Covington’s History Goes Way Back
Founded in on July 4, 1813, by a New Orleans merchant named John Wharton Collins, the land area compromising Covington Louisiana was originally a Spanish territory. Collins purchased the land for the specific purpose of starting a town which he named Wharton. He laid out plans for the town’s development in linear squares and named the central one the Division of St. John. This space is now known as the the “downtown” section and is the epicenter of Covington’s history and culture.
Upon the town’s incorporation in 1816, the state renamed Wharton to Covington. Some say it was to honor General Leonard Covington who fought in the War of 1812. Others claim it was because town officials loved to imbibe in whiskey from Covington, Kentucky. Either way, Collins was not pleased. Suffering from a case of sour grapes, Collins left for New Orleans. Only upon his death in 1817 was his body returned to be buried in Covington Cemetary Number 1.
Covington has been the seat of St. Tammany Parish since 1829 where it built its reputation on pine lumber and brick products, as well as agriculture. In 1992, the city completed a multi-million dollar renovation to the historic district and brought back the former beauty of Main Street. This project served to revitalize the area making it the hub of activity that it is today.
Census estimates say that nearly 10,000 people currently live here, but a drive down Highway 190 during rush hour makes it seem like many more than that! You will need to allow yourself a little extra time to get around if you have to get to any of the businesses along this thoroughfare.
Historic Downtown Is Part Of Main Street USA
Taking the time to stroll through the grid-patterned streets allows visitors the chance to view well-maintained and renovated historic buildings that have been on the National Register of Historic Places since 1981. They house several fine restaurants, boutique clothing and furniture shops, and art galleries. Some of the area’s top chefs and award-winning restaurants are set amidst the ancient oak and towering pine trees. Be sure to get a quick bite of lunch at Lola, near the Courthouse. It is in the renovated former railroad station and boasts some of the most tantalizing dishes around.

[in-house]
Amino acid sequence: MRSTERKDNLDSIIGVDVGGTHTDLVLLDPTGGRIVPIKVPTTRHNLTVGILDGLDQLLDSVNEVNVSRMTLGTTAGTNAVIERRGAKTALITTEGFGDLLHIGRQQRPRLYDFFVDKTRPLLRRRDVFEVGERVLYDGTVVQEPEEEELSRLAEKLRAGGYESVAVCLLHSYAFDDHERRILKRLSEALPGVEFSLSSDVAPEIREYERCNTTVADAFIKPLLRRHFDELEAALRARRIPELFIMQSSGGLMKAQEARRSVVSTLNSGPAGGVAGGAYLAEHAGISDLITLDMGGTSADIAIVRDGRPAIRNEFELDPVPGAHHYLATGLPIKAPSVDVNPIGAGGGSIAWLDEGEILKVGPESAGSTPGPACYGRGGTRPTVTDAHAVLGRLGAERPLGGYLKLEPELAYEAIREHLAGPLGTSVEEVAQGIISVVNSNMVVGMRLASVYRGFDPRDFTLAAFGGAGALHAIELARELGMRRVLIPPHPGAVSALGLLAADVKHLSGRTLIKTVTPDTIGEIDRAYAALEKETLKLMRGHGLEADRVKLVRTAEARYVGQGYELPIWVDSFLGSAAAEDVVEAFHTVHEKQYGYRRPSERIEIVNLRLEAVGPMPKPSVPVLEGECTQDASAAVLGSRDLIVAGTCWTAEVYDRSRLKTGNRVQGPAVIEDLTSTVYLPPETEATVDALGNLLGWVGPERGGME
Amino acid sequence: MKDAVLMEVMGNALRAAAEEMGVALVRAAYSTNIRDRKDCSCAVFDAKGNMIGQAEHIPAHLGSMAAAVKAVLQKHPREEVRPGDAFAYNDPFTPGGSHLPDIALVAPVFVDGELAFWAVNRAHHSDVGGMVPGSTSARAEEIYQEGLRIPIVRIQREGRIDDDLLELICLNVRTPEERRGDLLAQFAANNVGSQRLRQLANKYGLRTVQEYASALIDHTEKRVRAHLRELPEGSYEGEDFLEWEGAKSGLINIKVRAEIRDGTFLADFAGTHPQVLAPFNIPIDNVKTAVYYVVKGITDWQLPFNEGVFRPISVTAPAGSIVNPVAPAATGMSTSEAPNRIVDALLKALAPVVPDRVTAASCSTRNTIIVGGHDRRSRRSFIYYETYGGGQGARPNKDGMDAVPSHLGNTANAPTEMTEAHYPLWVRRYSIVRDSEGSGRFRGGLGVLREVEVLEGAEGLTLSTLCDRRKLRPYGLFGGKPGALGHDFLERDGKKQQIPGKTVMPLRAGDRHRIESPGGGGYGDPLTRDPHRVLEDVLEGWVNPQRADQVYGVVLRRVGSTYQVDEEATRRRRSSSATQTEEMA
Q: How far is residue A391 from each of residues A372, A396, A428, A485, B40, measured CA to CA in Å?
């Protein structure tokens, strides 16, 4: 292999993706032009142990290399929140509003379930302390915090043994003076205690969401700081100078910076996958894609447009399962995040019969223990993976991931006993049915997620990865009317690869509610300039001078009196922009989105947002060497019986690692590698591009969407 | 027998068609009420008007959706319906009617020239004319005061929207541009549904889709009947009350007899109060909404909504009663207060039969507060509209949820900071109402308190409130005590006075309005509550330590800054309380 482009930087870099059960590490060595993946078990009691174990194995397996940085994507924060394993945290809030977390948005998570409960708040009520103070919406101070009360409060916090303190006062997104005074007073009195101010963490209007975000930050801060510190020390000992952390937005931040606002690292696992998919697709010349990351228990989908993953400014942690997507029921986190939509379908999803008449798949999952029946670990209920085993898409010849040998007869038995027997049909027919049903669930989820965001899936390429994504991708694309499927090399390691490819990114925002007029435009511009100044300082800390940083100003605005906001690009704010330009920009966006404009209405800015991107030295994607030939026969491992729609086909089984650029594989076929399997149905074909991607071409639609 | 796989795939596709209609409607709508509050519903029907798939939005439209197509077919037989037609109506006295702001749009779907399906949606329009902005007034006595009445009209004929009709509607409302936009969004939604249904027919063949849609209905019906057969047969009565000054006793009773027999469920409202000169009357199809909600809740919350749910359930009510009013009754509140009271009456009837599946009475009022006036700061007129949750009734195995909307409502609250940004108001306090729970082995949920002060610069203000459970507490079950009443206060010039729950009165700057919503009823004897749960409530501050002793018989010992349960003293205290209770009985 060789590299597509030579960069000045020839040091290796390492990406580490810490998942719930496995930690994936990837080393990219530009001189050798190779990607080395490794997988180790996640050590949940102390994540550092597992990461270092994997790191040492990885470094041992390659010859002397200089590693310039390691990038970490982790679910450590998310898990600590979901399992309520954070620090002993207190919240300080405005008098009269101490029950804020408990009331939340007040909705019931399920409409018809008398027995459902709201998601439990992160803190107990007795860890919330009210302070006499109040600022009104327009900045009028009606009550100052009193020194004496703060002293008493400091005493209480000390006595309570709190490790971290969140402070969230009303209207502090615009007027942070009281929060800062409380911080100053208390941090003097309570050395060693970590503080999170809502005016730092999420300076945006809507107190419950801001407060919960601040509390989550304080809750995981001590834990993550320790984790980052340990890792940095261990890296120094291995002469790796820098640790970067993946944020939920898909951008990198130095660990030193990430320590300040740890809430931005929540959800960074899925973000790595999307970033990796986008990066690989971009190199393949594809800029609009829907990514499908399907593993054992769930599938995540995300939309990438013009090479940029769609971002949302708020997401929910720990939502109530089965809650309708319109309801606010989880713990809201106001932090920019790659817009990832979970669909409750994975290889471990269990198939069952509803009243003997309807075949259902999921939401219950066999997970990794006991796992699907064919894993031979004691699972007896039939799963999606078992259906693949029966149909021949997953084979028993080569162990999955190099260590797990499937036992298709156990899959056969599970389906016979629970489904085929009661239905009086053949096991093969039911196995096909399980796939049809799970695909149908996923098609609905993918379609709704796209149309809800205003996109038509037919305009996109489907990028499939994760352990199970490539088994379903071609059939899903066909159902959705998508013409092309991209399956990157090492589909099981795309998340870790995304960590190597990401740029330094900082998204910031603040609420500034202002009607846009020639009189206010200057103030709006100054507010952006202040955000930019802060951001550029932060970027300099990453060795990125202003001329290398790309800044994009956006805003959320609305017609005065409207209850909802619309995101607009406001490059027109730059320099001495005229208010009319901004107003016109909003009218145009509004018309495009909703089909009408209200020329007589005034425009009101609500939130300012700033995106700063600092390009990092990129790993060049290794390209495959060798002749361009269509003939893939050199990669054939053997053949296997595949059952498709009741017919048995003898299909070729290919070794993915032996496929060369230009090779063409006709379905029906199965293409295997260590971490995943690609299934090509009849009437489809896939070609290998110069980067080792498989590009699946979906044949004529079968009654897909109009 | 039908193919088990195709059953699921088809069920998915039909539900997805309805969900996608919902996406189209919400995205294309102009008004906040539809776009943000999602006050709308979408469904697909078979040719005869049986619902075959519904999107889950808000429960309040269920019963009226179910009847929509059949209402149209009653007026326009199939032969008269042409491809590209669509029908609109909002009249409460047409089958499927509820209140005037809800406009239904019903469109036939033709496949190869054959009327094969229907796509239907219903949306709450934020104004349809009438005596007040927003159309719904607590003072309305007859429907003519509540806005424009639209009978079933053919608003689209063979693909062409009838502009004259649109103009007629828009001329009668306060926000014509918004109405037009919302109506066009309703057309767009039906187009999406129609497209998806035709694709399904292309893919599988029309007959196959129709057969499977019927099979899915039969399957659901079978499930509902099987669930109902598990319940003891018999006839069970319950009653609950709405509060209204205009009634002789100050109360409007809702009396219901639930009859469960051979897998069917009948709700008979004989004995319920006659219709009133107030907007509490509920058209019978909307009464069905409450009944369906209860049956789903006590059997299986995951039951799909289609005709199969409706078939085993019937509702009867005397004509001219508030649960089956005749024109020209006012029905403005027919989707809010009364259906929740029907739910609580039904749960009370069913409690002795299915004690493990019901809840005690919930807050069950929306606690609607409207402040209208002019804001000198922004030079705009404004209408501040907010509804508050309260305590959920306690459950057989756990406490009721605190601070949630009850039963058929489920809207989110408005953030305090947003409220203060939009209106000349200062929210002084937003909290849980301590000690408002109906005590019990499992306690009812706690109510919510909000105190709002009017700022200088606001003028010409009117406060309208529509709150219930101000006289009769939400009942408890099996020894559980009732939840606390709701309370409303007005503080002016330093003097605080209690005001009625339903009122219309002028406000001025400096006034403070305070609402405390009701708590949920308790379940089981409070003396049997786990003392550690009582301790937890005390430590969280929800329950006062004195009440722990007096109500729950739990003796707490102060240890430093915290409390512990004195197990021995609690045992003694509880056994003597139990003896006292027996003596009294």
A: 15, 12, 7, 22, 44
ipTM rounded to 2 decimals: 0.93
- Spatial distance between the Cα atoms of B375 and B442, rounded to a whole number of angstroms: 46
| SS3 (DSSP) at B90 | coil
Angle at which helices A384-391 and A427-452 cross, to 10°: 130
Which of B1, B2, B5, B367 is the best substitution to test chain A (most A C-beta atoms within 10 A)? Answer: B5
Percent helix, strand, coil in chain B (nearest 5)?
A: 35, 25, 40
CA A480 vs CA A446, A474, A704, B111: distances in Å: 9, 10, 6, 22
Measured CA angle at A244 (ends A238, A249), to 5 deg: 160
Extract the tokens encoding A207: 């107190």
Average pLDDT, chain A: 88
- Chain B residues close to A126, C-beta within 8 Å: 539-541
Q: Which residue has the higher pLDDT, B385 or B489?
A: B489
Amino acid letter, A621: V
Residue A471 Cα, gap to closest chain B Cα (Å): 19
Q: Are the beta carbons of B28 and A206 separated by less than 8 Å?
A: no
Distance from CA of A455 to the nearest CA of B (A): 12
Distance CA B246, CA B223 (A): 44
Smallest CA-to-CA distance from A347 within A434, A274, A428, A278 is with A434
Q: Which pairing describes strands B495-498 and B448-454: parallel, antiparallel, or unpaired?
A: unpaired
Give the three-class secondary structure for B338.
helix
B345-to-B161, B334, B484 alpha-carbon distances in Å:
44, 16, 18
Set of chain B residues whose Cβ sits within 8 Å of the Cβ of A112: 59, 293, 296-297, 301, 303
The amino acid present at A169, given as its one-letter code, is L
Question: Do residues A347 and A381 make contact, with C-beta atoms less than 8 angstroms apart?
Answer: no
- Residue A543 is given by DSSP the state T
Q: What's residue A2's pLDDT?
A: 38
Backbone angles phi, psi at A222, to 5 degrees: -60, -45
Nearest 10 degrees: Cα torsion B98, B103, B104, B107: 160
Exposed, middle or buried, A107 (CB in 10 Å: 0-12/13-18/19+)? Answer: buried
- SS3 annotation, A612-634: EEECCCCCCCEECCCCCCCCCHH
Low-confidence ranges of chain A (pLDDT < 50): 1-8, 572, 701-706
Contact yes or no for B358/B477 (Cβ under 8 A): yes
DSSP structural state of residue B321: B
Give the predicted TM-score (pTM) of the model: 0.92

There is also a weekly farmers market every Wednesday that features the freshest, most flavorful produce from local farmers at the Covington Trailhead of the Tammany Trace. The city reports that it this small market has swelled in popularity and now generates more than $1 Million annually to support small agricultural interests in the area.
Three Rivers Arts Festival plus Centenary Walking Tours
The Three Rivers Arts Festival brings together more than 200 regional artists and craftsmen with the flair that can only be found in south Louisiana. When it is in full swing, the Festival spans six blocks and offers visitors the chance to view amazing pieces, sample local cuisine, and hear great music. Plus, the opportunity to chat with the artists themselves is always a treat. This is one of the biggest and best art festivals in South East Louisiana. People come from around the world to participate and visit this fast growing artisan festival.
Covington Cemetary Number 1, at the corner of Kirkland and North Columbia Streets, sits adjacent to the former City Hall. Here lies the city’s founder John Wharton Collins and the graves of some of the families that helped make Covington what it is today. It is truly a walk back through time and makes a unique photo opportunity.
The Future is Bright in Covington Louisiana!
As it continues to expand and prosper, Covington offers residents and visitors more things to do than ever before. The traveler has many hotels to pick from including a historic hotel in Old Town Covington. Many people visiting New Orleans end up staying in this area because of the old hometown country feeling. They have recently added a massive shopping and dining complex off of I-12 on the west side of town. Plus, the median household income and property values are above the state average. This makes it the perfect place to invest in a business. The city will continue to evolve as the years roll by, but it will never forget it to pay respect to its agricultural roots and the people that make Covington Louisiana such a wonderful place to live.